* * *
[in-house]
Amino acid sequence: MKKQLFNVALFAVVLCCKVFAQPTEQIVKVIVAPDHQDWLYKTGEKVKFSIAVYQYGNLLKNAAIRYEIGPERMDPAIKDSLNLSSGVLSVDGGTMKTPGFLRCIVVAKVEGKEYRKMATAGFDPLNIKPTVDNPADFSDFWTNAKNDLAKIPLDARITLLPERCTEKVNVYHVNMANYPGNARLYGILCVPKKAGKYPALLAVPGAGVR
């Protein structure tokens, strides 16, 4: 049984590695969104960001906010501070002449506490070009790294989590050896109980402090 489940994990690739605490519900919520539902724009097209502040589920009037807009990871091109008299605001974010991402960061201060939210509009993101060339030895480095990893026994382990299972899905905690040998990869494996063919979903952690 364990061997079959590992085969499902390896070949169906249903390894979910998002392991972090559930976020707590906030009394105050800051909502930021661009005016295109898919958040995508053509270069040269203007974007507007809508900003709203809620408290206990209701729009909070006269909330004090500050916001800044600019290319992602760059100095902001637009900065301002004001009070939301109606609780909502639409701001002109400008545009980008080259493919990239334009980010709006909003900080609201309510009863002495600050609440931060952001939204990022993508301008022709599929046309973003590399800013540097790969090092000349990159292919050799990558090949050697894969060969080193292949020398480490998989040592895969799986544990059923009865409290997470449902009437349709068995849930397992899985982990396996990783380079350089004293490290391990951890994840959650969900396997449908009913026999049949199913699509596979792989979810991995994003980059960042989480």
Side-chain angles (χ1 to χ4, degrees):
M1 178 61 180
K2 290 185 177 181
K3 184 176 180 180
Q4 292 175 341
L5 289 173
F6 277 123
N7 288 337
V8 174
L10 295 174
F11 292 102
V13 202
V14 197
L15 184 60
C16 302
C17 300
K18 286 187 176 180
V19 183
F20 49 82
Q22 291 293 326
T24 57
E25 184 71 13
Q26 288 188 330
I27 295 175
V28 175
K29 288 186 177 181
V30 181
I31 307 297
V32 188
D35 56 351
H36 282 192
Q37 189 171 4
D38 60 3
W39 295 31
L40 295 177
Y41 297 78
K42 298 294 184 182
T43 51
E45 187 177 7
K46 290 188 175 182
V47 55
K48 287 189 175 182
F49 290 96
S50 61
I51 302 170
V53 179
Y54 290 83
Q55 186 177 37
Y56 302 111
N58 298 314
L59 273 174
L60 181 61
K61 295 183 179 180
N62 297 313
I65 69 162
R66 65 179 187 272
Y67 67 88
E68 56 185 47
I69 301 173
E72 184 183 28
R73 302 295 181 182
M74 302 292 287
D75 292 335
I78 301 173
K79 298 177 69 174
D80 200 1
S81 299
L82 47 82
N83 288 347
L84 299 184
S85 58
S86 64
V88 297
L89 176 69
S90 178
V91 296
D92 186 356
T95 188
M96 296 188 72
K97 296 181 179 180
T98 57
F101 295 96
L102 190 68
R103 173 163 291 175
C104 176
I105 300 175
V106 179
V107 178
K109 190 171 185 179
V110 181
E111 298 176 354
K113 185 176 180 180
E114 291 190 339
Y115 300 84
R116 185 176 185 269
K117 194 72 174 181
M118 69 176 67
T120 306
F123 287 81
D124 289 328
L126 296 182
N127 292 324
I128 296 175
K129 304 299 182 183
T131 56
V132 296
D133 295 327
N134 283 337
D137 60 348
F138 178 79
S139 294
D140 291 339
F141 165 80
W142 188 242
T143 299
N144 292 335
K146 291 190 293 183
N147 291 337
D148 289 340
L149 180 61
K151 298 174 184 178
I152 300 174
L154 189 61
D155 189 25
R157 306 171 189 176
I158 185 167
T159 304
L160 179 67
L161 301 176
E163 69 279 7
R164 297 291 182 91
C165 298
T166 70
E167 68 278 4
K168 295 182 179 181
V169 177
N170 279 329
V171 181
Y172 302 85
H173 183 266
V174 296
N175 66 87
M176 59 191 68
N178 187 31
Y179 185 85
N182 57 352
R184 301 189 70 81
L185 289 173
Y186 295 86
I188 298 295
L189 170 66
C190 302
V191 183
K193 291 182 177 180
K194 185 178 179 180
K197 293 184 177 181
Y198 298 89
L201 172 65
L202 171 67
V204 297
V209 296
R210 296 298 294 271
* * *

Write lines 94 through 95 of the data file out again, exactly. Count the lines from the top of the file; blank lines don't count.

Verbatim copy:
E111 298 176 354
K113 185 176 180 180